All clinical trials are challenging. But when the protocol is evaluating the safety and efficacy of rare disease treatment, the challenges are even greater. This applies to all aspects of the trial, especially the logistics around randomization and trial supply management (RTSM).

For example, while it’s true that in all clinical trials, every patient matters, this takes on new meaning in studies of rare diseases. As there are not many people living with the diagnosis, identifying, enrolling, and keeping patients engaged in clinical trials is critical. Trial sponsors can’t risk failed visits, which could lead to a patient dropping out because the drug wasn’t available for a dispensing visit.

And rare disease trials often require many investigative sites to recruit a small number of patients. Combine this with the reality that rare disease drugs are typically very expensive to produce, and it’s easy to understand the importance of reducing excessive drug wastage during development.

So, ensuring the right sites have the right amount of drug at the right time – without over-producing and shipping drugs to all sites – is critical to a rare disease development program’s success.

In this first series installment, Calyx’s Malcolm Morrissey outlines these and other RTSM factors sponsors should consider and demonstrates how working with a reliable interactive response technology (IRT) provider with subject matter expertise, customizable designs, and dedicated study support can make a big difference in rare disease trials.

What is one of the first RTSM decisions sponsors must make when designing rare disease trials?

There are a lot of questions related to whether rare disease trials should be run the same as trials of other more common indications. Is it necessary to conduct a randomized study with a control group, or will an enrollment-only design suffice? Rare disease trial sponsors typically want to avoid the significant extra cost and recruitment time needed for a randomization study, which includes a control arm. The alternative is to run an enrollment-only study which removes the control and reduces the number of subjects needed but could impact the analysis which for some is a difficult decision to make.

In our discussions with trial sponsors, we present different randomization approaches to help them meet their development objectives. These include traditional techniques such as permuted block randomization through more complex, Bayesian response adaptive trials. With these adaptive techniques, allocation ratios can change, and/or treatments can be dropped as the trial progresses, which is one way of reducing the overall number of patients a rare disease trial requires.

“It’s important to work with a reliable IRT provider with a mature platform that can manage the complex and innovative randomization techniques required to adapt to changing RTSM needs of rare disease trials.”

– Malcolm Morrissey, Head of Statistics and Product Support Services

Are all rare disease trials affected by slow enrollment?

Just like no two rare diseases are the same, no two trials for rare disease treatments are the same. This is apparent throughout the trial, beginning with patient recruitment. In some trials, slow recruitment may very well be the reality, requiring many investigative sites to recruit a few patients, as discussed above.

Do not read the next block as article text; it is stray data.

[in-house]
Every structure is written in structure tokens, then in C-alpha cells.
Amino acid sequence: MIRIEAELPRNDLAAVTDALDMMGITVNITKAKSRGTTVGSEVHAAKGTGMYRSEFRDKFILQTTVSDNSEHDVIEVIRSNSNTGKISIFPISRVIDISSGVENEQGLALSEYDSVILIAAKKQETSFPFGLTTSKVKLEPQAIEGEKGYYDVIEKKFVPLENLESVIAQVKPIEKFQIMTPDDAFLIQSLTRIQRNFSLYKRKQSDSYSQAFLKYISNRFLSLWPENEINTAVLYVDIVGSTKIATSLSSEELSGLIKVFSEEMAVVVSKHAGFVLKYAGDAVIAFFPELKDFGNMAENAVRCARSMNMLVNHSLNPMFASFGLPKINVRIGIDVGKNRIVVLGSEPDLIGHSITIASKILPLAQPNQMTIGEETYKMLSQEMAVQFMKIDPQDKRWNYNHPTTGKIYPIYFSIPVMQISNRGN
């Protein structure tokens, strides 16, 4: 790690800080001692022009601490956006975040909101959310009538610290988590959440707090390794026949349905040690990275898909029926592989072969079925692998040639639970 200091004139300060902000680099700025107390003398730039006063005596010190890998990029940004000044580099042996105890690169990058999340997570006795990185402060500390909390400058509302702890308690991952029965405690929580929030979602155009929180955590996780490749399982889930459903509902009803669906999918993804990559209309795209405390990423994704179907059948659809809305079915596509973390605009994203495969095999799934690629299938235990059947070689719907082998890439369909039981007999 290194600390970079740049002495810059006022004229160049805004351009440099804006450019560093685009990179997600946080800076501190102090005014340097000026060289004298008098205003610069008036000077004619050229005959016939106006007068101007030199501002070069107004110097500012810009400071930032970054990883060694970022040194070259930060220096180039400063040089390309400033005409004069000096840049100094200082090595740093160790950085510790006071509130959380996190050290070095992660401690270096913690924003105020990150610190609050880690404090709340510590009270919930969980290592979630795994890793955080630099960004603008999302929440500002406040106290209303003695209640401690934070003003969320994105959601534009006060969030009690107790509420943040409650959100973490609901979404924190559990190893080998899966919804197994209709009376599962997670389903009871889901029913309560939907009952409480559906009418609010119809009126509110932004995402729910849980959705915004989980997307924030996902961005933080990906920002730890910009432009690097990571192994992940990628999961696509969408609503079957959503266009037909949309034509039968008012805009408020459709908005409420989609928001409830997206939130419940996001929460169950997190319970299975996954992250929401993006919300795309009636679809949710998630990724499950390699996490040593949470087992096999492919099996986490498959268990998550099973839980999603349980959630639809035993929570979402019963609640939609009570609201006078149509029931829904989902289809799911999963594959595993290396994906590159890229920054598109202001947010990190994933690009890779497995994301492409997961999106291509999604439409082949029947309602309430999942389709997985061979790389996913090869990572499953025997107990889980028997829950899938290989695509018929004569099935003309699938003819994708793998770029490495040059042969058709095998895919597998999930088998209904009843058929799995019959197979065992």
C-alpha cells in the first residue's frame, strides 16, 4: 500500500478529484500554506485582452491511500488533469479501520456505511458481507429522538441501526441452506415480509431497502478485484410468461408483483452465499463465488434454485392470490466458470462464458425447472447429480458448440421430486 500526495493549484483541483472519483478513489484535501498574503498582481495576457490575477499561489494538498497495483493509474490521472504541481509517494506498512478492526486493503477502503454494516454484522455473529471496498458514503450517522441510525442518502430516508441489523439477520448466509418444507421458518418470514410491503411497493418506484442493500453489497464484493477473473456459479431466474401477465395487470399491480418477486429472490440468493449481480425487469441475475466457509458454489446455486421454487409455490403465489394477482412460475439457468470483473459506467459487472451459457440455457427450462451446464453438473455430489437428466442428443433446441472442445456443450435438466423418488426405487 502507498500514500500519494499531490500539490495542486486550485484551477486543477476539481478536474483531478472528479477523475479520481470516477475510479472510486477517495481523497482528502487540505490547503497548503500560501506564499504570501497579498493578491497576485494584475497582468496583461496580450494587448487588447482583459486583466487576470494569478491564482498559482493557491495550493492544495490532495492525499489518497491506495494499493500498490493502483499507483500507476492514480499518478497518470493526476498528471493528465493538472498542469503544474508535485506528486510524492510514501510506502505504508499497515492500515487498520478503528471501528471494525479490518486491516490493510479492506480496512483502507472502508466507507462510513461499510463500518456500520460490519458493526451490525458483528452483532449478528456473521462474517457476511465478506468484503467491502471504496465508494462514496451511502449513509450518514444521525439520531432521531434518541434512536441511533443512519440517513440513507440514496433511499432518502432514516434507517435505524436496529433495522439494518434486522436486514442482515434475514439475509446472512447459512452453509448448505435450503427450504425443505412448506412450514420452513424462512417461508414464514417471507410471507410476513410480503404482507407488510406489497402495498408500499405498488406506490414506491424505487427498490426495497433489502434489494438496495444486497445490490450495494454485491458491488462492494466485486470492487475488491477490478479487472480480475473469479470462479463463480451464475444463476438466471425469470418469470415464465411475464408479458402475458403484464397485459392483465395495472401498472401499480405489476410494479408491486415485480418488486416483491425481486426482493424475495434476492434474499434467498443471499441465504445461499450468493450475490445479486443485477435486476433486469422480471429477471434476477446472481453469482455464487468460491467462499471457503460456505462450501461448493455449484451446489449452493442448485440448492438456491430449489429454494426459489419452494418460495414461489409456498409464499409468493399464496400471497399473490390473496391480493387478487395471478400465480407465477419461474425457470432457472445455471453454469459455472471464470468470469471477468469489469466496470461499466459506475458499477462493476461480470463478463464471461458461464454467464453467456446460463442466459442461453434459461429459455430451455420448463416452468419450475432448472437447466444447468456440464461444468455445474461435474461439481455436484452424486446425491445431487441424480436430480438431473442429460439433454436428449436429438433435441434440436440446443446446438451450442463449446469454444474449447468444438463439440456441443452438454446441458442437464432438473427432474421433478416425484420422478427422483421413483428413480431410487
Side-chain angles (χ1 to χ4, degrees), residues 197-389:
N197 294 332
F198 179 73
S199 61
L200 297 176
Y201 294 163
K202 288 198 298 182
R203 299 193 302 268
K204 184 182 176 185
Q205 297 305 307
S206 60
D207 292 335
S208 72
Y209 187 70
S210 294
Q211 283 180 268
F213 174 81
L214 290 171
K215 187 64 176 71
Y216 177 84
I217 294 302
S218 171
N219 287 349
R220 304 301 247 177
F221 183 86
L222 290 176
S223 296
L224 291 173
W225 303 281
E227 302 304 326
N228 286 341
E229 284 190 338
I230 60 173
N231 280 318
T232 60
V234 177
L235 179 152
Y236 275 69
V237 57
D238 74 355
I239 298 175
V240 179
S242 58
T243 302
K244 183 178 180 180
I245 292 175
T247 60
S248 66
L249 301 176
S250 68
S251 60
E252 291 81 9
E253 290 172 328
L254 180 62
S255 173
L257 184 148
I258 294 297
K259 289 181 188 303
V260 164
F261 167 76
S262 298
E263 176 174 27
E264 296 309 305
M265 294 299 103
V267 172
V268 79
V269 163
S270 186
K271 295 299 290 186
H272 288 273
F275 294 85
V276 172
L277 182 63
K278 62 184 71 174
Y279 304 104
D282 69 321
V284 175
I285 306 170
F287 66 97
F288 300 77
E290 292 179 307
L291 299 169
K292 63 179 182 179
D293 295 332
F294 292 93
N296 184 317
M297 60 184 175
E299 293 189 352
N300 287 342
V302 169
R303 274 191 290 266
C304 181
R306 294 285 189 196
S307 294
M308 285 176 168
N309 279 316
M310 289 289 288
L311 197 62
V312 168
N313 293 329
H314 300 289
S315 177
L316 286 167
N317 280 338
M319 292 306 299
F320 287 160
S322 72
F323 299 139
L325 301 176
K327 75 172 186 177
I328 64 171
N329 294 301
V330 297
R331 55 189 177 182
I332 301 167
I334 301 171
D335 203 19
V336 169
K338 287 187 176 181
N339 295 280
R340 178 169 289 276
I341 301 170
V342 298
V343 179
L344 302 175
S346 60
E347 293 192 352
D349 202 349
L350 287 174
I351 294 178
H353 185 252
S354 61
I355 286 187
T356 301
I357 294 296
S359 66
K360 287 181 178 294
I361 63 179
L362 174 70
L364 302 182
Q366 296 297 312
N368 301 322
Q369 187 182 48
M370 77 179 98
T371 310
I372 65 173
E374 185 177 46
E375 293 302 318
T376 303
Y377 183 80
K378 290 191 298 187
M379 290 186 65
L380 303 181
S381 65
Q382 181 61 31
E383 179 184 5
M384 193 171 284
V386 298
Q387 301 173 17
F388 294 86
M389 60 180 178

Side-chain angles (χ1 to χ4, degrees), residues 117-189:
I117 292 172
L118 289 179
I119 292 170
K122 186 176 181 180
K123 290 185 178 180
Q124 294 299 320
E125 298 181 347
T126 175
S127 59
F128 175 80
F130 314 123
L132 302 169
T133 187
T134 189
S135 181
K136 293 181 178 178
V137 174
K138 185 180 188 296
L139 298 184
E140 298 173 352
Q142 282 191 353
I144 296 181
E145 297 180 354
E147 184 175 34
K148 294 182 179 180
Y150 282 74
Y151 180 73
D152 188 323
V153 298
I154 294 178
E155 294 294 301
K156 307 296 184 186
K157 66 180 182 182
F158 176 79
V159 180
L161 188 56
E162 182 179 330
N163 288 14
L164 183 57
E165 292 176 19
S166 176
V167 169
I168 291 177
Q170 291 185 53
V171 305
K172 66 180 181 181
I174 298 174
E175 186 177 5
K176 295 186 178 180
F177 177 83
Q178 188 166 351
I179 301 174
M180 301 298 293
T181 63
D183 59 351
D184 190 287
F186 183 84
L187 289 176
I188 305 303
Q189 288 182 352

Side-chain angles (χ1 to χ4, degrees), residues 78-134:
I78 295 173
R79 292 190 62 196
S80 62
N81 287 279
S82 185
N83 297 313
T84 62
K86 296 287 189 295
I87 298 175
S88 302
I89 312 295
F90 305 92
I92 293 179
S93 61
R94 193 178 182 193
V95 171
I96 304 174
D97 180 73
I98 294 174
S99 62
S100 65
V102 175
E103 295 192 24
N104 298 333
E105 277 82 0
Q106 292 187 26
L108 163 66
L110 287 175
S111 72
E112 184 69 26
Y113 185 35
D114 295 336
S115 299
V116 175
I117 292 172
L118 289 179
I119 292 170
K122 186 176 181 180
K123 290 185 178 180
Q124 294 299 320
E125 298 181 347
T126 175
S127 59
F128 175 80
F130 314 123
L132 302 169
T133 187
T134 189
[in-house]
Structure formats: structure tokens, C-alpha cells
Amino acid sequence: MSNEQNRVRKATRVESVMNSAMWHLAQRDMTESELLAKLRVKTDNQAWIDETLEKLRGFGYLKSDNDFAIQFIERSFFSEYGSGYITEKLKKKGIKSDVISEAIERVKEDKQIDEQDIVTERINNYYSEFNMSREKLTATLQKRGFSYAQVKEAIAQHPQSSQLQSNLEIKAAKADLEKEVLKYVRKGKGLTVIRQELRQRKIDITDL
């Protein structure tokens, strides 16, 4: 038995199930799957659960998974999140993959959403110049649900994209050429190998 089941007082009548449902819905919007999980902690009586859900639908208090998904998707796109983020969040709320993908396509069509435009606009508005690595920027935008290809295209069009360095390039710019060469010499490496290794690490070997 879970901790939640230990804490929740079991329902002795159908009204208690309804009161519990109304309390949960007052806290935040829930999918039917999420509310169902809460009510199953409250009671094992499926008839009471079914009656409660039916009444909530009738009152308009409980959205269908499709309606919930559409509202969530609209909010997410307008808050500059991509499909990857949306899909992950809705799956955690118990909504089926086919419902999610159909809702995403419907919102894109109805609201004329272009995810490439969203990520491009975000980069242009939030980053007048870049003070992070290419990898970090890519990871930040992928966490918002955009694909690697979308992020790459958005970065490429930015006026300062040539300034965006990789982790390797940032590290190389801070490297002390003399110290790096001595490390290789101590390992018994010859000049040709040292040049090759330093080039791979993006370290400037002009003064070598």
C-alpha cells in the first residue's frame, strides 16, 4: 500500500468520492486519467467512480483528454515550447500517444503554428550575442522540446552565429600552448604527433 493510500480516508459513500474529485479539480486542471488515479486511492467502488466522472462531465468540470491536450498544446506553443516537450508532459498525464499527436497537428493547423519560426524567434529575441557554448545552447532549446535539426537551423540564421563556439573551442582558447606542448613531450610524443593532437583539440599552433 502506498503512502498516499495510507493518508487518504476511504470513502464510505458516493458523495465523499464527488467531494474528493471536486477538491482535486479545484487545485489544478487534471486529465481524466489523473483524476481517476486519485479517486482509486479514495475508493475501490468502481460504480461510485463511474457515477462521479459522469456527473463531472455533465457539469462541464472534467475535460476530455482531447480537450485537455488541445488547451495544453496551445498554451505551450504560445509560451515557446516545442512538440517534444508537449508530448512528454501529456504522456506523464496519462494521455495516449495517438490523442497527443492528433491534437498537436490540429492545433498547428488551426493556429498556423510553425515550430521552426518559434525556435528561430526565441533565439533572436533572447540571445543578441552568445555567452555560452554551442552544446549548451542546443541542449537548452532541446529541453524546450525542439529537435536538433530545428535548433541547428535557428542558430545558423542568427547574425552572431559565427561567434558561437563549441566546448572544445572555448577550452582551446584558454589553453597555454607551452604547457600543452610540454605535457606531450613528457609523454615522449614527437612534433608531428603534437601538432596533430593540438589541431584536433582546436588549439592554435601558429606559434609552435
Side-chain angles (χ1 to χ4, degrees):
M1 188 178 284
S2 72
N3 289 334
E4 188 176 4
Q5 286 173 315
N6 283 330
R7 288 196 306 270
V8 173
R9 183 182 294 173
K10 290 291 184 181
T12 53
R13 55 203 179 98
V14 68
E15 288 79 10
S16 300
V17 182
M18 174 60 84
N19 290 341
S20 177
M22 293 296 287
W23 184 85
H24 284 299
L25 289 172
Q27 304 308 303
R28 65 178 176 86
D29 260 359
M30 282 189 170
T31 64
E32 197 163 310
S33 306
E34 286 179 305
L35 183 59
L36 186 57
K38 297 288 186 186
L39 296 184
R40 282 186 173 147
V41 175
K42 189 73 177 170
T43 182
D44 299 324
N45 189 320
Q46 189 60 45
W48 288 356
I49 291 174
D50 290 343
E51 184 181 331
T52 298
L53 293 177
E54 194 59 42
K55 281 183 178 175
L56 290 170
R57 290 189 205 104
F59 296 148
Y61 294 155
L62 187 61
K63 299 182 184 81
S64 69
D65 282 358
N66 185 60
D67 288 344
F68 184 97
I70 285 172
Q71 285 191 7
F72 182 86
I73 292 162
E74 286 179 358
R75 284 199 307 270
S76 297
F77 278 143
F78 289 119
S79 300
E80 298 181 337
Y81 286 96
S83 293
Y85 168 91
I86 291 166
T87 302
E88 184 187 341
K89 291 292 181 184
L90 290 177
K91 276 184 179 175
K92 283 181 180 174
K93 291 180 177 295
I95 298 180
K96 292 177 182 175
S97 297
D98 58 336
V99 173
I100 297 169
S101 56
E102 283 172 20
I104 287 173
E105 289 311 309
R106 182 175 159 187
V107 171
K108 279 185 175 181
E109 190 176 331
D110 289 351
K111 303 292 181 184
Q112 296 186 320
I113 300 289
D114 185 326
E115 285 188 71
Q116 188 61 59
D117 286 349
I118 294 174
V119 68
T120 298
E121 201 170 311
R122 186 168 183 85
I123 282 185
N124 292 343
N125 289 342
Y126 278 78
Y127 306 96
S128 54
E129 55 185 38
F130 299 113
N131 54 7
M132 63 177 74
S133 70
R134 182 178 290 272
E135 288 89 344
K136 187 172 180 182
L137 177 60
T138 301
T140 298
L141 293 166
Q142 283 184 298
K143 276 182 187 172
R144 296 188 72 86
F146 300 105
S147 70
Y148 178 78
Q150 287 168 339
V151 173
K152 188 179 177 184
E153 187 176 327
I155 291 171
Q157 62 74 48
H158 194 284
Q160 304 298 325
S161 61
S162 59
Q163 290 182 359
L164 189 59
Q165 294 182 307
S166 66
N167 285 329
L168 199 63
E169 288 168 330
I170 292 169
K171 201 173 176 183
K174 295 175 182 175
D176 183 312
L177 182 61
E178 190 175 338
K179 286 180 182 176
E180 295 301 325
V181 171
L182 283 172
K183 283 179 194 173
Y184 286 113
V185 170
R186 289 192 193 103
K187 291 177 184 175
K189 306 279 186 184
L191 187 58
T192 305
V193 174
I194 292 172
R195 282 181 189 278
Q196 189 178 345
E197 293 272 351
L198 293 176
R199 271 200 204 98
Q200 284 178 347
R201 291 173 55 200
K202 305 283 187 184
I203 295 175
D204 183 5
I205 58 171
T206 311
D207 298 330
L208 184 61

But slow recruitment is not always a challenge, as in some diseases the patients are already well-known by clinicians who will target them for enrollment. For these trials, Calyx IRT experts understand that an enrollment-only trial design could be considered. This is because there would be no way to truly blind the investigator in a randomized trial, as he/she is so familiar with the patients, any improvement in their symptoms would indicate they are on the active treatment arm. In addition to the blinding aspect, there is also the benefit of these well-known subjects being their own control. In this case a comparison of prior treatment versus new treatment, by the people who know them best, may be possible.

For these reasons, it’s important to work with a reliable IRT provider with a mature platform that is proven to support very long recruitment for traditional protocols and/or can manage the complex and innovative randomization techniques required to adapt to changing RTSM needs of rare disease trials.

How can an IRT system mitigate the risk of failed patient visits during rare disease trials?

There are numerous scenarios that can cause a failed patient visit, including the unavailability of study drug. But sponsors who leverage a robust IRT system can benefit from trial supply designs that minimize this risk. These include as a prediction supply design that considers the visit window and Do Not Dispense (DND) date of the visit, as well other characteristics like the dose level of the patient, when sending medication for upcoming visits. Or an automated supply switch design that ensures each site is appropriately stocked by changing the IMP supply levels to match the site’s current recruitment rate.

Additionally, experienced trial supply professionals can extend their expertise and insight into drug supply risks that could negatively impact depot inventories and, ultimately patients’ access to study drugs.

Considering the expense of rare disease treatments, how can sponsors leverage IRT to reduce drug wastage in these trials?

Calyx IRT can help sponsors optimize drug management by applying clever settings that reduce the amount of drug shipped to sites. Calyx IRT solution designers routinely work with sponsors to determine which advanced trial supply management options are best suited for their trial, including automated supply switching, randomization prediction, and/or medication pooling. All of these have been proven to reduce the amount of drug wastage in clinical trials, reducing the overall cost of clinical development programs.